[Date Prev][Date Next][Thread Prev][Thread Next][Date Index][Thread Index][Subject Index][Author Index]
Re: More Dino Venom
> I agree, if the platypus/monotremes had gone extinct, we'd have no
> examples of venomous mammals (as far as I know)
> And if in a million years there were no snakes, and if a few lizard
> species went extinct, we'd be saying reptiles shouldn't be
> venomous by that logic as well.
And indeed, it would be the most parsimonious conclusion _in the absence
of morphological evidence for venom_. Gong et al. understand this full
well, and have therefore tried to provide exactly such evidence. The
argument here is that they failed.
> Re-interpreting evidence is always fine with me - I'm glad T-rex's
> aren't depicted in the tripod stance anymore, are you?
Of course I am. Basically my point was that wanting to reinterpret
the evidence for no reason other than that the hypothesis just seems
too "radical", and therefore ought to be reinterpreted, is not very
scientific. I'm always all for reinterpretaion, so long as there is a
valid scientific reason for it.
Gong et al. are the ones who are reinterpreting the morphology of
*Sinornithosaurus* here... :-)
>> Also remember that the proposed "venom-gland depression" is
>> actually *below* the antorbital fossa and is separated from it by
>> a thin bar of bone, and so it is not the same structure nor is it
>> a part of that structure.
> Untrue, as shown by Xu and Wu's illustration.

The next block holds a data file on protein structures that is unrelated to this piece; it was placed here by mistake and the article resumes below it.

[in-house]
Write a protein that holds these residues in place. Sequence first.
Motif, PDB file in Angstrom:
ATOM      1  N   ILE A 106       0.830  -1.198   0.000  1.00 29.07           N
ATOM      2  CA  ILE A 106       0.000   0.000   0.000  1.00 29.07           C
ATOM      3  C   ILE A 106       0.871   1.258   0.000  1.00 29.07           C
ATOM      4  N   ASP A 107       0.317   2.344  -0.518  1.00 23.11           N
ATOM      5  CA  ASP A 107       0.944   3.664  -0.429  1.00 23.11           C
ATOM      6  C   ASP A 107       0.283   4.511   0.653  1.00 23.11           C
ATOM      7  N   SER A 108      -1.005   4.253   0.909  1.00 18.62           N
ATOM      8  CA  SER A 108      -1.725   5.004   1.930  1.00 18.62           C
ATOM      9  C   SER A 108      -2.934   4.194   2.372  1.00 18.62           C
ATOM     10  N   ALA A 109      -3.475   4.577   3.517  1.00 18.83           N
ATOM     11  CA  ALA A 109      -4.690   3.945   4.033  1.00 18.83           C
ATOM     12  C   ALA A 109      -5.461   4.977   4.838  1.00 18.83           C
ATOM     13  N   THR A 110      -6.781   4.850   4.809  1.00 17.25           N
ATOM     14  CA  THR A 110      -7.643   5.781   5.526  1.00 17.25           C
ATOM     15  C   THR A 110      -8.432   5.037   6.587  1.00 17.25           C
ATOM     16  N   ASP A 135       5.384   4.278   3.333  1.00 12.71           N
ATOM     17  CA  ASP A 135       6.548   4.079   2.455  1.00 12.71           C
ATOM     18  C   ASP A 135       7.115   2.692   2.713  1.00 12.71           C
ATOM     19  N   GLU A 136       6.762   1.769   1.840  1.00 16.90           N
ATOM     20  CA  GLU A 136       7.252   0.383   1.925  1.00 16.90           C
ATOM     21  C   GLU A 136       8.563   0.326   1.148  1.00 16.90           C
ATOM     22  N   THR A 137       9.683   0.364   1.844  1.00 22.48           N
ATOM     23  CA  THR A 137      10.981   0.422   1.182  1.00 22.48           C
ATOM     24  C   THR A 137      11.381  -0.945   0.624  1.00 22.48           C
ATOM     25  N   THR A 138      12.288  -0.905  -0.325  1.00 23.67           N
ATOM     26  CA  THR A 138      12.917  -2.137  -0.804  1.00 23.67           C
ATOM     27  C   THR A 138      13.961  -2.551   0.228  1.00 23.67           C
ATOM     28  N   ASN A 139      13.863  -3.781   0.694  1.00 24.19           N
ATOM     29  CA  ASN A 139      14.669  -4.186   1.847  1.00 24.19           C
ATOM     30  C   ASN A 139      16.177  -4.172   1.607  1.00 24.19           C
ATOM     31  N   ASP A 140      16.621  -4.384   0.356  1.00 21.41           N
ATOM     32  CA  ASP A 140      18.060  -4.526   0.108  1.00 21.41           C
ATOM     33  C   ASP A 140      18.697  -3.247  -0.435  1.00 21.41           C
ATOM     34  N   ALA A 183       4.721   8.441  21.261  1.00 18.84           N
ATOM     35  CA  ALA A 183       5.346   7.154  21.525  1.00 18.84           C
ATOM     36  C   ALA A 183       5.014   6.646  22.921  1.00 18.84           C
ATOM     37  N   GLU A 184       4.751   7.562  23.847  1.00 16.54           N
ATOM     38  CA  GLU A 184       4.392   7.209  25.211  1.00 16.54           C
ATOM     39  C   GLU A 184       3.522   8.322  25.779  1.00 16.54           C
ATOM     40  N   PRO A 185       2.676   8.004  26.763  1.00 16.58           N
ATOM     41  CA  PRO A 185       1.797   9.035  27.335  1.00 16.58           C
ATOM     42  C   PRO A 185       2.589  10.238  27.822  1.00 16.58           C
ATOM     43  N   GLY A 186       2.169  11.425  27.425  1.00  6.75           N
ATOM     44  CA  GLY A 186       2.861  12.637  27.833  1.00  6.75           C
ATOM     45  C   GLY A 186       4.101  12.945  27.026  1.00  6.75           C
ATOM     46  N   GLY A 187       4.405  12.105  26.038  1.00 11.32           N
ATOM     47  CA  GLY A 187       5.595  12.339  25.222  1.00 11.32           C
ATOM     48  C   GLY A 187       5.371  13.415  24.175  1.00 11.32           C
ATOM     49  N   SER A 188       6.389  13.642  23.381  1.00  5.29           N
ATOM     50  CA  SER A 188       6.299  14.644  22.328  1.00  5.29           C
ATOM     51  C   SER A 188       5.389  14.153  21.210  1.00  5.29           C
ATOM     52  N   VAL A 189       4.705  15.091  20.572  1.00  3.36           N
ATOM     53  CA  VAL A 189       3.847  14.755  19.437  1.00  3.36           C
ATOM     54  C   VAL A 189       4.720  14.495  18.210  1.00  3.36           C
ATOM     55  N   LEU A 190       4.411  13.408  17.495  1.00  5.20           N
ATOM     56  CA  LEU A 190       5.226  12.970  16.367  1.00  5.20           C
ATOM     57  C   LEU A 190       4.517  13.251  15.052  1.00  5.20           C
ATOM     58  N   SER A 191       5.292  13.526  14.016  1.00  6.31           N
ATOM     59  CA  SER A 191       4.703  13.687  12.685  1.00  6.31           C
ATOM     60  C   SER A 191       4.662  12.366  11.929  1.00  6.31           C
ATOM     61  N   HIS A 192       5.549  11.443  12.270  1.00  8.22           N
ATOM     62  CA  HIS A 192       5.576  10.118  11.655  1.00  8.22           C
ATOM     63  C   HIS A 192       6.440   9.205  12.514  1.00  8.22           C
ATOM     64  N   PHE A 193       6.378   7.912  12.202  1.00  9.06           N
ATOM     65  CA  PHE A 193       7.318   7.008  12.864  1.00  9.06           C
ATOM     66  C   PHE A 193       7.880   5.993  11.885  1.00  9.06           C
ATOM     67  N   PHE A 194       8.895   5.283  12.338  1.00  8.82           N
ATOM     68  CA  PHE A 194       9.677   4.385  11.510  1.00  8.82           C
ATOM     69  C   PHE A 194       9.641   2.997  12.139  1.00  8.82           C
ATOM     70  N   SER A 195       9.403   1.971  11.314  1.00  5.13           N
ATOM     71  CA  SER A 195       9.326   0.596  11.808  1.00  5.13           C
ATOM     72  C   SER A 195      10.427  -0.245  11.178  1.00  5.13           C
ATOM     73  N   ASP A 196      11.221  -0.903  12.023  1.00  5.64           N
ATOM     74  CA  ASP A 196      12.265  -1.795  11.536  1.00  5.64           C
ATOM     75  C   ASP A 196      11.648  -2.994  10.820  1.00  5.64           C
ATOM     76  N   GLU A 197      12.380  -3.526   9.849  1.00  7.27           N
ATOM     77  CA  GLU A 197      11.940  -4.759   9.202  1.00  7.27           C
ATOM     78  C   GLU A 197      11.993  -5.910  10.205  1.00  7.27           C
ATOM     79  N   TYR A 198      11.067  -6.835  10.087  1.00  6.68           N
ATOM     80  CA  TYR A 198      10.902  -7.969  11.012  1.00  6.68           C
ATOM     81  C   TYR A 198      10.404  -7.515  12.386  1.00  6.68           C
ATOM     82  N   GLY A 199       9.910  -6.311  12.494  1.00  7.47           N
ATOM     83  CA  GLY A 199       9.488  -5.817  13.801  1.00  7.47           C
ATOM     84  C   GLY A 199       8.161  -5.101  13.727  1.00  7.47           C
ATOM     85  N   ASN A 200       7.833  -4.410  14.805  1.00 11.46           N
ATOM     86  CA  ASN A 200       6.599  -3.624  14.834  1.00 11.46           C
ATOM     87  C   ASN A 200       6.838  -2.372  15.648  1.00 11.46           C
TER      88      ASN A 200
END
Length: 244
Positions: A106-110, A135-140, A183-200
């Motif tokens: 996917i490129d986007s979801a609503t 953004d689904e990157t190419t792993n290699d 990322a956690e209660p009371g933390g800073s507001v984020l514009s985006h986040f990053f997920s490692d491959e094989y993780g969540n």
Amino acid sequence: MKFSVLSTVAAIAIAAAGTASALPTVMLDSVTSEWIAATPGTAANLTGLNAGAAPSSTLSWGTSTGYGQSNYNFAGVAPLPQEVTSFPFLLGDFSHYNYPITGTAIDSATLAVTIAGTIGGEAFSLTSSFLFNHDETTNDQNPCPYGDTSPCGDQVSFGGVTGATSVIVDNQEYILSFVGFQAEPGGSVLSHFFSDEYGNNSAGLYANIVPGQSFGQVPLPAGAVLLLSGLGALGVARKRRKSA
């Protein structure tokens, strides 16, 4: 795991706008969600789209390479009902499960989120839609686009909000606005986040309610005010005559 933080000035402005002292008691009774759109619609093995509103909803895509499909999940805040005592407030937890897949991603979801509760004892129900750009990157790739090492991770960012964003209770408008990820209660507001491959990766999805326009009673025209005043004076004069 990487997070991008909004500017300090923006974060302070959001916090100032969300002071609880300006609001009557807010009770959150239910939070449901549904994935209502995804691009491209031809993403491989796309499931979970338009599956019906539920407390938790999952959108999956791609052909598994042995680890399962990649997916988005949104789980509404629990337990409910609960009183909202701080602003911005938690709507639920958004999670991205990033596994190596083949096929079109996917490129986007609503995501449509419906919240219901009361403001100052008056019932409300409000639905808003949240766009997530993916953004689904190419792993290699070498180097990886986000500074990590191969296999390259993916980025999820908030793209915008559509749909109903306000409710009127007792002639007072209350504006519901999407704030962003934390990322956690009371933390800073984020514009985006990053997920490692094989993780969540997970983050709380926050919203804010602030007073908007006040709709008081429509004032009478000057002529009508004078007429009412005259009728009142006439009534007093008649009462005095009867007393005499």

I was basing my statement on the illustration in Gong et al.'s paper,
which shows a bar of bone seperating the proposed "venom gland fossa"
from the antorbital fossa. Although I do not have the Xu and Wu paper
(will try to find it) so that I may compare their illustration to the
actual skull, I can do this for Gong et al.'s illustration. It
matches the skull in this photograph
and therefore seems accurate. In this specimen, at least, there is
without question a bar of bone seperating the depression in question
from the antorbital fossa. It (the seperating bar) *is* there, and it
is sitting there on the actual fossil for all to see.
Never use words like "doubtless" or "for all to see" about a grainy
photo. The photo you linked to is way too small to test any such claims.
For instance, I have no qualms about suggesting that the "bar" is
actually the formerly flat and now deformed left maxilla lying _on top
of_ a bone which could be a palate bone or two (palatines,
pterygoids...). Note how it appears to continue forward way beyond where
it meets the toothrow. Alternatively, it could be the right maxilla.
There's a tooth between the toothrow and the nostril -- it must lie on
the other side.
Without having seen either the specimen (through a microscope!) or at
least one color photo twice the linear dimensions of my screen (and thus
much bigger than the fossil itself), preferably several from different
angles and under different lighting, I'm not going to use expressions
like "without question".
Also of worthy
attention is that the teeth (pay very close attention to the tooth
the arrow points at) of this specimen seem to have grooves closer the
tips, right on what would be the crowns of the teeth had these teeth
slipped out of their sockets (which I'll admit is possible in the
holotype at least). Two deep grooves per tooth, one on each side.
Both of these facts are contrary to what I'd expect for a venom delivery
This is true, but again, two extant clades is _*nowhere near*_ large
enough a sample size to be able to draw anthing more than perhaps
some very sketchy and wholly preliminary conclusions. As Erik pointed
out, if in a few million years snakes and many lizards were extinct,
phylogenetic bracketing would give the default state for any reptile
of any sort as non-venomous. We simply cannot say with much
confidence at this time whether venom is extraordinary for an
archorsaur or not.
Parsimony is not about absolute levels of confidence. It's about